Chairman, Housing Solutions; governing body fellow, Green Templeton College, Oxford; member (formerly vice chairman), IWF UK; member, Women Corporate Directors; elected Fellow of the Royal Society for the Encouragement of Arts, Manufacturing and Commerce; extensive experience at board level in private, public and not‑for‑profit sectors. Formerly: Chairman, Hampshire Hospitals NHS Foundation Trust (2009‑18); member of the Board, Independent Parliamentary Standards Authority; Council member, Chatham House; Director, National Australia Group Europe; Director, Clydesdale Bank plc.; advisory board, IMD; Strategy Partner, Accenture. A Governor, a member of the Council of Management and of the Financial and General Purposes Committee of the Ditchley Foundation.
Mr Matthew Rycroft CBE
Permanent Secretary, Department for International Development (2018‑). Formerly: British Permanent Representative to the United Nations, New York (2015‑18); Chief Operating Officer, Foreign and Commonwealth Office (2011‑14); Director, Europe (2008‑11); Ambassador to Bosnia and Herzegovina (2005‑08); Private Secretary for Foreign Affairs to the Prime Minister (2002‑04); roles at the British Embassies in Washington and Paris and at the Dayton peace talks.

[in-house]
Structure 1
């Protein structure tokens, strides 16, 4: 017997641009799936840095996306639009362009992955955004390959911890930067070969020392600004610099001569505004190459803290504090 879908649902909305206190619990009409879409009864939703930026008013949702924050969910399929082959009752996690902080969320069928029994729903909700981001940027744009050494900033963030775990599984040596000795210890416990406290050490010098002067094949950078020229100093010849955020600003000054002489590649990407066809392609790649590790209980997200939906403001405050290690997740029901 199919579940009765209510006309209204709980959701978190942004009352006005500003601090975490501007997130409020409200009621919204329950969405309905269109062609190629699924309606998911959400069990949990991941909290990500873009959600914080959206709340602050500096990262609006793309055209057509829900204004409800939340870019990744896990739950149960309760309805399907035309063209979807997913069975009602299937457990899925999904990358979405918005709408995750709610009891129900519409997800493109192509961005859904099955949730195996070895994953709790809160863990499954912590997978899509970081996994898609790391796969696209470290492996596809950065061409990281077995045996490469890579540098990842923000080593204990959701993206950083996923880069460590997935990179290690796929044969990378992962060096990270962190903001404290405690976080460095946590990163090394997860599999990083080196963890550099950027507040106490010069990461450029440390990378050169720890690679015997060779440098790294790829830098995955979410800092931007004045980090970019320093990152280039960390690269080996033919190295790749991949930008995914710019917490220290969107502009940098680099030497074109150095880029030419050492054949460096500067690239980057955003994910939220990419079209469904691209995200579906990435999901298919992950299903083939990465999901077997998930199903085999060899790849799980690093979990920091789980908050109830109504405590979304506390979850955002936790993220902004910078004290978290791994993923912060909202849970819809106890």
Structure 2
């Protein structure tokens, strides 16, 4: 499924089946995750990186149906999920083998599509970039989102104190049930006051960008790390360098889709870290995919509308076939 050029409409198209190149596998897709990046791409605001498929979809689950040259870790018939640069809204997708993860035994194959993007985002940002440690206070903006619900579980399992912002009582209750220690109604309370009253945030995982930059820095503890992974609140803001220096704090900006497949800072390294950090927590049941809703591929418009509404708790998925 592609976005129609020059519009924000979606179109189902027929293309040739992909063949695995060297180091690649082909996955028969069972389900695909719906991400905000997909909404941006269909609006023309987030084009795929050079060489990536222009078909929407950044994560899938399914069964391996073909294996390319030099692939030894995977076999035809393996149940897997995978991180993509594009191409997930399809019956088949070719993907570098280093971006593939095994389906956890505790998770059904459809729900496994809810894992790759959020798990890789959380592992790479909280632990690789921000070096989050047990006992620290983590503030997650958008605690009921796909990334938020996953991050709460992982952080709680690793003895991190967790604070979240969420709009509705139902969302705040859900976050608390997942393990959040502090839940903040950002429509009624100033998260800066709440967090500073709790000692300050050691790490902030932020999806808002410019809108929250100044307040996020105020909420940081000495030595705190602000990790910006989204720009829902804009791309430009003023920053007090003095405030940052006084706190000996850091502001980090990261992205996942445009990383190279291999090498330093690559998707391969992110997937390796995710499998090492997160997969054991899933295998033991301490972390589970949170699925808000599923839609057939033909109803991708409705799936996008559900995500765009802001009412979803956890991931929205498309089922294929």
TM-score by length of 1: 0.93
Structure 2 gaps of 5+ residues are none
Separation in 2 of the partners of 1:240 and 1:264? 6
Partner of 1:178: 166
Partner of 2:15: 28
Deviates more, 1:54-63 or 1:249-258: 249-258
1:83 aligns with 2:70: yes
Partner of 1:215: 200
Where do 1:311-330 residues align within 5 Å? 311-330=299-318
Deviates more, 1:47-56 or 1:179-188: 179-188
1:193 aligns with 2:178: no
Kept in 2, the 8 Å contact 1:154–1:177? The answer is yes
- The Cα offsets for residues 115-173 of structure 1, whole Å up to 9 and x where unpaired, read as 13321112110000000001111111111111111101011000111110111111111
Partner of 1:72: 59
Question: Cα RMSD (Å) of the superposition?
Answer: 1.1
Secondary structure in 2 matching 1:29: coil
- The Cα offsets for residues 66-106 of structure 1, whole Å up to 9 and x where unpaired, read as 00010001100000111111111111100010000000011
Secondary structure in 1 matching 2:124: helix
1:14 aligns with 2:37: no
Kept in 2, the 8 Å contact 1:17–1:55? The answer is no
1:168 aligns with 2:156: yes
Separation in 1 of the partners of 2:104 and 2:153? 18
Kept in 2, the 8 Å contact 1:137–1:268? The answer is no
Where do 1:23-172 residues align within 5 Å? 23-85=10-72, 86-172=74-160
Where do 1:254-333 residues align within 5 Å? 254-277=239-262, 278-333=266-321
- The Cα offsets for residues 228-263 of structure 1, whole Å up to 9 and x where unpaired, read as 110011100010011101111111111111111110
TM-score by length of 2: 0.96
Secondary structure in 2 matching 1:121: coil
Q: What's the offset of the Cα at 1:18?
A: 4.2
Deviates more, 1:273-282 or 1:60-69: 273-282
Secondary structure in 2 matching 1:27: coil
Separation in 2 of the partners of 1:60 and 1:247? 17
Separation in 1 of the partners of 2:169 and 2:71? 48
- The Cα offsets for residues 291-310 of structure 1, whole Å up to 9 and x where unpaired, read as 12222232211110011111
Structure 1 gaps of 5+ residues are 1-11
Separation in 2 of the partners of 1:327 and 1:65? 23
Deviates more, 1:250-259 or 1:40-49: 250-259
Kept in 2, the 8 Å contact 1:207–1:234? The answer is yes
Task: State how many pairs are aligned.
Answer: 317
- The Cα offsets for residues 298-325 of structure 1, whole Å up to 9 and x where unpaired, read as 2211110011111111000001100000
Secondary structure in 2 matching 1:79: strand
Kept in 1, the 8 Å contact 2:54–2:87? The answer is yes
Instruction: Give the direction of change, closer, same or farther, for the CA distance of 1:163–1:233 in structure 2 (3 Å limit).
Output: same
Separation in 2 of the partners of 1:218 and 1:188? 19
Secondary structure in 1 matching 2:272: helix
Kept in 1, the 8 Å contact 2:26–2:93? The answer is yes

Mr Roy Sefa‑Attakora
Master of Public Policy candidate, Blavatnik School of Government, University of Oxford.
Dr Hannah White
Deputy Director, Institute for Government, London (2014‑). Formerly: Head of secretariat, Committee on Standards in Public Life, Cabinet Office (2012‑14); Private Secretary to the Clerk of the House of Commons (2009‑11); Senior Clerk, House of Commons (2004‑09).
Professor Sir Robert Worcester KBE DL
Founder, Market & Opinion Research International (MORI); former President, World Association for Public Opinion Research; Visiting Professor and Honorary Fellow, LSE (former Governor); Visiting Professor and Fellow, King's College London; Honorary Professor, Warwick and Kent (former Chancellor); Adjunct Professor, University of Kansas; Deputy Chairman, Magna Carta Trust; Vice President, former Chairman, Pilgrim Society; Vice President, International Social Science Council/UNESCO, United Nations Association, European Atlantic Group; Governor, English‑Speaking Union; past Member, Fulbright Commission. A Governor of The Ditchley Foundation.
Mr Jonathan Capehart
Opinion writer and editorial board member, The Washington Post (2007‑); host, "Cape Up" podcast, The Washington Post (2016‑); MSNBC Contributor (2009‑). Formerly: deputy editorial page editor, New York Daily News (2002‑04); editorial board member, New York Daily News (1993‑2000). Pulitzer Prize for editorial writing (1999).